Christine Barry  18:07

I did see a still photo of the president wearing a mask, but I don't know how long he had it on. So there is that I wanted to go back to something Amy said about the restaurant where the chef owner was saying, you should stay home and limit groups just limited to small groups and locals only that kind of thing if I understood that, right. And then the wife was saying, We're so excited to be open. I don't think those two messages are exclusive of each other. I think you can be a business who's excited to be open. But within limits of we don't necessarily want people from downstate coming here, we're excited for our local customers.


Amy Kerr Hardin  18:50

That's That's correct. And that was the whole idea of the experiment is we really flatten the curve up here and we don't have too many cases. So it's a good place to explore. Bear with us with them the governor's idea here, but if downstaters has come up here, it just screws up the entire experiment.


Walt Sorg  19:07

And while all this was going on, the governor was getting some good news on a couple of fronts. First of all, polling commissioned by the Detroit Chamber of Commerce showed widespread support for her leadership on the issue. 86% of Michigan voters surveyed believed the virus is a threat to public health, with support at that level or higher among self described independents, Democrats and even voters who say they lean Republican. The only group that is not strongly in favor of what she's doing are republican men and even that was 58%. And they also agree by a margin of 69-22 that the protests at the state capitol against the governor stay at home orders sent a wrong message out there that haircut brigade that invaded our town, Amy as much as you're worried about tourists in Traverse City. I'm getting tired of having all of these demonstrations with no masks and no social distancing just a matter of a couple of miles from my home because we're getting we're getting the virus imported from all over the state by these folks who just don't think that there is an issue.


Amy Kerr Hardin  20:04

It's very, very, very bad PR from Michigan too I mean, it makes the residents of Michigan look pretty stupid nationally.


Walt Sorg  20:10

The other part of the poll, which I found really fascinating only 11% of Michigan voters said they do not regularly wear a mask when they go out as required by the governor's orders. Seems to me I run into most of them at a Speedway gas station down the street from me 90% of Democrats 80% of independence and 72% of republican women say they wear a mask. but less than half of Republican men say they wear a mask with the percentage of those who do not especially high for those under the age of 50. It's become a super macho thing I guess for republican men is right up there with carrying your long guns down to the state capitol.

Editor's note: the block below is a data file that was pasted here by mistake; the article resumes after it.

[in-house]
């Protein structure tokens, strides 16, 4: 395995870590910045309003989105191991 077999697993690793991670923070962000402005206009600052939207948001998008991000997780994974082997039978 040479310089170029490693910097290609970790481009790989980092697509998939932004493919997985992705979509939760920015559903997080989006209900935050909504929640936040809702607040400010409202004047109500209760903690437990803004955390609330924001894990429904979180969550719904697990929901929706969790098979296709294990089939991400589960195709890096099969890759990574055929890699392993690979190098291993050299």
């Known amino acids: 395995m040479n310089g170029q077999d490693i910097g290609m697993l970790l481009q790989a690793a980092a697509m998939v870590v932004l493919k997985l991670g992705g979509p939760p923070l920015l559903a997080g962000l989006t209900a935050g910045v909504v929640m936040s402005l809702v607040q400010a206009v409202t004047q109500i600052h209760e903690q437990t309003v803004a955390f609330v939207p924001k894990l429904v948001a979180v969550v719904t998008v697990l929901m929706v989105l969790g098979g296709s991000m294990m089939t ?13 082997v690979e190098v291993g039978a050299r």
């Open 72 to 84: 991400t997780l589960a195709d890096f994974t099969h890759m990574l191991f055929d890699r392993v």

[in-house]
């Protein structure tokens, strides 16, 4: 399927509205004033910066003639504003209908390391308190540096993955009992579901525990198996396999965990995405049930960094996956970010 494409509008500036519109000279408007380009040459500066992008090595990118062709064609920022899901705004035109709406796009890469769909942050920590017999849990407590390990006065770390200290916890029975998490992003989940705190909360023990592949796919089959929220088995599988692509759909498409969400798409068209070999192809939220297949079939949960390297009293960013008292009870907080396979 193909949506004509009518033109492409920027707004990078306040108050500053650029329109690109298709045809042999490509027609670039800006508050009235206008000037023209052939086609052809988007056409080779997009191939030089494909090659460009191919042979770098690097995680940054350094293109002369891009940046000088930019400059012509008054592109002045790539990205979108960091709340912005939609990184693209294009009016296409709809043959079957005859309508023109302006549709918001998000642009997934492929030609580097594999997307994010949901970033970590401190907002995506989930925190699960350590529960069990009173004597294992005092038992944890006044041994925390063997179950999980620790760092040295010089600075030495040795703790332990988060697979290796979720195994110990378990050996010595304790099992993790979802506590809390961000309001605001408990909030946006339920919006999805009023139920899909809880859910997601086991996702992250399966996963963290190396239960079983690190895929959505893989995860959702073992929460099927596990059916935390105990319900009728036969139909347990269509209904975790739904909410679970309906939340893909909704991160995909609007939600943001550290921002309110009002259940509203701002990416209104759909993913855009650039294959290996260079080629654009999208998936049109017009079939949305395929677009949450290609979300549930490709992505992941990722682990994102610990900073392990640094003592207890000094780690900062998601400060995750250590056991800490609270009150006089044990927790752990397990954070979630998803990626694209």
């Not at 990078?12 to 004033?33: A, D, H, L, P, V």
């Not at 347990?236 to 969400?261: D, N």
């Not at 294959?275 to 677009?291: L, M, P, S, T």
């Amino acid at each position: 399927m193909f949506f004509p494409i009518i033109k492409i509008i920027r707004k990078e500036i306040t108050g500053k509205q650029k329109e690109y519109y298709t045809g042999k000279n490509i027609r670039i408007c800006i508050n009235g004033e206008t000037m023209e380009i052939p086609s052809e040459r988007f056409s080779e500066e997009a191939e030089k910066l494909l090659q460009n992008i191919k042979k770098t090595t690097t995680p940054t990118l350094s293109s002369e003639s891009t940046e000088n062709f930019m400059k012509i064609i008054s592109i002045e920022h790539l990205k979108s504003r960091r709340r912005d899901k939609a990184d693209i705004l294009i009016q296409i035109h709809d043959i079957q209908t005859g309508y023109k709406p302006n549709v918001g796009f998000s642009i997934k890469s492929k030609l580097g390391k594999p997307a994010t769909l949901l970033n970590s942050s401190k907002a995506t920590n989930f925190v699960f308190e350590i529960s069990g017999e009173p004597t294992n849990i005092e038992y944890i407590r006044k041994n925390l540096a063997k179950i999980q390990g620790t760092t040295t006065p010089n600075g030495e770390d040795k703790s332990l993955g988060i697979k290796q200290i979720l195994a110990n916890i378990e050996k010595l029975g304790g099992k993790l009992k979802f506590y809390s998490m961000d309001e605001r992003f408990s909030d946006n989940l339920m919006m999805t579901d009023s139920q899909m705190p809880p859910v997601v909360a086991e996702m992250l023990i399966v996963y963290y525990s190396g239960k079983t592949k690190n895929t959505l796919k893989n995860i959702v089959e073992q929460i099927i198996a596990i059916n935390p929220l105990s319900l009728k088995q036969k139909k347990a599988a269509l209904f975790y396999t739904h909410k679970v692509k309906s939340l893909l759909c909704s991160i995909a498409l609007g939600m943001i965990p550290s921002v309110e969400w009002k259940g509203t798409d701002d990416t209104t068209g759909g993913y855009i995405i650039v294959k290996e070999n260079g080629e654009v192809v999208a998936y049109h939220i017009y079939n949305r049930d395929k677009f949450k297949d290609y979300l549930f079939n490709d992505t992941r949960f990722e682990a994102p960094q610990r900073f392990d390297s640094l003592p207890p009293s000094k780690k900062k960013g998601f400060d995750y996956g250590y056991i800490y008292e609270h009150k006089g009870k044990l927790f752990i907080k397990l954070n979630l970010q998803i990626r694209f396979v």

Christine Barry  20:44

It's a strange sticking point. I think for that. I don't know why but it's part of that whole don't tread on me feeling. I think what I really liked about this was that people identify with the Democrats and people who identify as independent Largely aligned on these issues. And that's a really good thing.


Walt Sorg  21:05

It's going to continue to baffle the president as he campaigns for re election, as well. We'll be talking a little bit later with the disenchanted republican former Executive Director of the Michigan Republican Party, Jeff Timmer. They're losing the suburban voters and the President is doing nothing to get them back. And this thing is not helping them at all.


Christine Barry  21:22

Another thing I really liked was the number of 72% support reopening our businesses gradually. And I think that's an important number to get out there as a counter effect, if you will, a counter message to the Senate Republicans, the House Republicans in the Michigan Chamber of Commerce, who just keep hammering on comparing us to what now Indiana because of the stupid billboard, but comparing us to other states saying we should be open we could be open on and on and on. And this poll shows that people appreciate our slower approach. And Amy, I hope that experiment goes well and you don't have a lot of people from downstate causing Traverse City problems in the next few weeks,


Amy Kerr Hardin  22:06

I think that they're going to realize that the restaurants and bars and so forth are now opening as quickly as they wanted them to. So, you know, just go home please go home.